“Well…yes, I did!” he said, laughing.

“Look, I don’t think this is funny! Put me through to your supervisor.”

Thinking he’d leave me hanging in the wind all night, I was glad his supervisor, ‘Tim,’ picked up as fast as he did. I told him about ‘Maurice’s’ so-called ‘mistake,’ then added, “Can you straighten this out for me? Your call reps won’t do it. They say I have to pay $50 for “early cancellation,” or keep the service for another year at $23.90 a month.”

“That’s correct. ‘Maurice’ might’ve made a mistake you were unaware of, that I’m sure he was unaware of, too, but either way the account is still open. The free trial for it is over, so if you want to use AOL that’s $23.90 a month for the next year. Or, you can cancel and incur the $50 surcharge. Those are your choices.”

“Look, I’m going to give you choices. You can cancel my account with no surcharge, or you can read about this conversation on the Internet, because that’s where this is going.”

“Well…ahhh…” he stammered.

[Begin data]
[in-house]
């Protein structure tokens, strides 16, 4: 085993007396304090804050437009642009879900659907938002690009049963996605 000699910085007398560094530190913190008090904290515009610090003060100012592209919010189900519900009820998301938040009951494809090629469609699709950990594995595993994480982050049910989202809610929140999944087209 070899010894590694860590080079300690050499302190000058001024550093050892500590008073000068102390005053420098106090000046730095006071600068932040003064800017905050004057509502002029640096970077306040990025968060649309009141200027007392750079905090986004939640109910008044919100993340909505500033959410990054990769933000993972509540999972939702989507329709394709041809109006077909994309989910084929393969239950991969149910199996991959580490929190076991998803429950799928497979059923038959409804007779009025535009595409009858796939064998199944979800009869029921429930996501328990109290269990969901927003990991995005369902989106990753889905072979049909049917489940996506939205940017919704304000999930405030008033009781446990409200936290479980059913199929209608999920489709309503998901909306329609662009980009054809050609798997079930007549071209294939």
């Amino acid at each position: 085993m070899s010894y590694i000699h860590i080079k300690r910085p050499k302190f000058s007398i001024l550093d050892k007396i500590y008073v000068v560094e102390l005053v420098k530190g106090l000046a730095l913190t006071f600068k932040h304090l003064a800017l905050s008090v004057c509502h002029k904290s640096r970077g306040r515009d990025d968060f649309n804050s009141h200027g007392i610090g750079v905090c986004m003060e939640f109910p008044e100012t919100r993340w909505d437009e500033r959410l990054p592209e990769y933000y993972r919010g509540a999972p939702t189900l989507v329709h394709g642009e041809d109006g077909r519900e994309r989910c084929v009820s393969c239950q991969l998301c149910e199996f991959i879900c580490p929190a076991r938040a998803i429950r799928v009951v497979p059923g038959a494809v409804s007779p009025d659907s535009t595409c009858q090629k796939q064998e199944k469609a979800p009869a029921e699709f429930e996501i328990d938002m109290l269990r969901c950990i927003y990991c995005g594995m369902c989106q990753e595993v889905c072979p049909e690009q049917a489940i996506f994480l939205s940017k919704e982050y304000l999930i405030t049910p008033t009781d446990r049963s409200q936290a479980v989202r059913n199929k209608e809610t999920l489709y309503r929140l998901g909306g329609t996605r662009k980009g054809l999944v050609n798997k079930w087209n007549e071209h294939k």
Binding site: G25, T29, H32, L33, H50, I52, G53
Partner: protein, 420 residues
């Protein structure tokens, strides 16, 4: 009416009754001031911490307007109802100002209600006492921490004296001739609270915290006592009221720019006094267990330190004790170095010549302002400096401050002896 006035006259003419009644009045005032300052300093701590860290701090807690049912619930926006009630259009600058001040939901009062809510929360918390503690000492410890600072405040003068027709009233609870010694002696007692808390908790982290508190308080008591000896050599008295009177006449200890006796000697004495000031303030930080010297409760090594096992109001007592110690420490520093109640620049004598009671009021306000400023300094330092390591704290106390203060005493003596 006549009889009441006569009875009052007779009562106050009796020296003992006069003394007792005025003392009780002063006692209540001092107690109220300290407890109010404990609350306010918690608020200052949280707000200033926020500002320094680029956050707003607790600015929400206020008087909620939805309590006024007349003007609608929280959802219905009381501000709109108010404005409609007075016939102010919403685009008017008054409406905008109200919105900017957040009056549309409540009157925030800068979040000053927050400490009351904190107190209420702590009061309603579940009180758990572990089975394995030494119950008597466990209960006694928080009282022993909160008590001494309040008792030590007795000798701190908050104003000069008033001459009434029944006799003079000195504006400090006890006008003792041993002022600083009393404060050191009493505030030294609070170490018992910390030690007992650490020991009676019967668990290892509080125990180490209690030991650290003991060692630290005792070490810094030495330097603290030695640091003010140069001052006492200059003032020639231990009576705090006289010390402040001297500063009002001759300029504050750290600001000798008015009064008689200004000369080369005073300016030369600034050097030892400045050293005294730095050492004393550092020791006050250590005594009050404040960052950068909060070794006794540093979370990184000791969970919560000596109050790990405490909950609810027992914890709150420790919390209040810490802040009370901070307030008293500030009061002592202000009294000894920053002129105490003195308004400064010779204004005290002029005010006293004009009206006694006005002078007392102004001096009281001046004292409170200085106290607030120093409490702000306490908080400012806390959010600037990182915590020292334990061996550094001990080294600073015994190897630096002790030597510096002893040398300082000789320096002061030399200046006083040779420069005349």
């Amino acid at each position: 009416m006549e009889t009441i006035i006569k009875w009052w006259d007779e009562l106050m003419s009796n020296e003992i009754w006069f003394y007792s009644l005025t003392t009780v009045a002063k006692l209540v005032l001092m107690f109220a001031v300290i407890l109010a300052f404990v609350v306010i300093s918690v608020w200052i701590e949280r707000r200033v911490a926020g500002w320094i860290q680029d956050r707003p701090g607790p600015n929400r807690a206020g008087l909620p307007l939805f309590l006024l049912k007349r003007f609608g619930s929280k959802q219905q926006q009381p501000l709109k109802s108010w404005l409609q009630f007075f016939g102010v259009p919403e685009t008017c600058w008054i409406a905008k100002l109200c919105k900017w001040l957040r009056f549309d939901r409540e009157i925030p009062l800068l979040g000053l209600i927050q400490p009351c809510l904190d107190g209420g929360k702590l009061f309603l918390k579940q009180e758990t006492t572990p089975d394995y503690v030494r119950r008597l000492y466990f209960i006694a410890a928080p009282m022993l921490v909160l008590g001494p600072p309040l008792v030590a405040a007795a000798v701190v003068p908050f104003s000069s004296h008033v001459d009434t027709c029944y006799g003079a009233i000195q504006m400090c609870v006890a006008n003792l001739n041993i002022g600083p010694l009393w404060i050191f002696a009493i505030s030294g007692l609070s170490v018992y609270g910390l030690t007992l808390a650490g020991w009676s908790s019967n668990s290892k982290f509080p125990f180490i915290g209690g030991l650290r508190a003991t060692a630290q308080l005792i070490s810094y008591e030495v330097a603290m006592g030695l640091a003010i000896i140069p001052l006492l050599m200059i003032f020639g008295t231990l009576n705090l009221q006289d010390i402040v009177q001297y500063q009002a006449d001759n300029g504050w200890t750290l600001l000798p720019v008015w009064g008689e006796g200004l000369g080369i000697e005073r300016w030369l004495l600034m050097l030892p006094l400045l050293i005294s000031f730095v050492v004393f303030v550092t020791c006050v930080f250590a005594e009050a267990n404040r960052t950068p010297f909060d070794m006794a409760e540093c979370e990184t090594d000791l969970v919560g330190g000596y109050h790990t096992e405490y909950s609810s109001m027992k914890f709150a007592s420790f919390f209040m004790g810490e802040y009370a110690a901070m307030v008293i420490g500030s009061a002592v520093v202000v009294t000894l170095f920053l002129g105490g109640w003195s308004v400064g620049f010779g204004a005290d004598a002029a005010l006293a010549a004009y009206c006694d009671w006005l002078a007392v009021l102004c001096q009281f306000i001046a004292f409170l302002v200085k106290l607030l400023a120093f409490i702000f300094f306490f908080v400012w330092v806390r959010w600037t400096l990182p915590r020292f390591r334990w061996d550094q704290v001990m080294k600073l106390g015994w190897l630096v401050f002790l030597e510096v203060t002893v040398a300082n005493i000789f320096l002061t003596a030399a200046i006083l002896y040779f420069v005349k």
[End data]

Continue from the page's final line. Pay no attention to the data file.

“Well? What’s your choice?”

“Well, uh…there’s nothing I can do.”

At my wit’s end, I filed a complaint with the Better Business Bureau a few days later. AOL wrote the BBB back about 2 weeks later (but never wrote to me); the BBB then sent me a copy of AOL’s letter. There was all the usual BS: AOL ‘strives for World Class Customer Service’ so the call reps’ treatment of me was ‘unacceptable,’ they were ‘glad’ to get my complaint so future calls to them will be ‘a better customer service experience’, then I learned that I’d ‘apparently misunderstood the terms of service,’ so AOL canceled my account ‘with no charges incurred.’ It’s signed Heidi Jongquist, Manager. My favorite line was, I ‘apparently misunderstood the terms of service.’ Read what I wrote here (I color-coded key parts in this color to ensure anyone can see what the problem was). Which part did I misunderstand? Which part did AOL misunderstand?

Let’s review: AOL wanted $50 out of me for a free trial that I thought I canceled because ‘Maurice’ canceled another free trial that I never used. I refused to pay AOL $50. They said in that case, I had to pay $286.80 for another year of AOL, whether I wanted it or not, because using AOL is ‘mandatory.’

Let’s add this up: $286.80, which they’ll never get from me, vs. all the money they’ll lose on everyone who will never use AOL because of me.

Read on for the conclusion: Pass me my coaster…I mean, my AOL disc.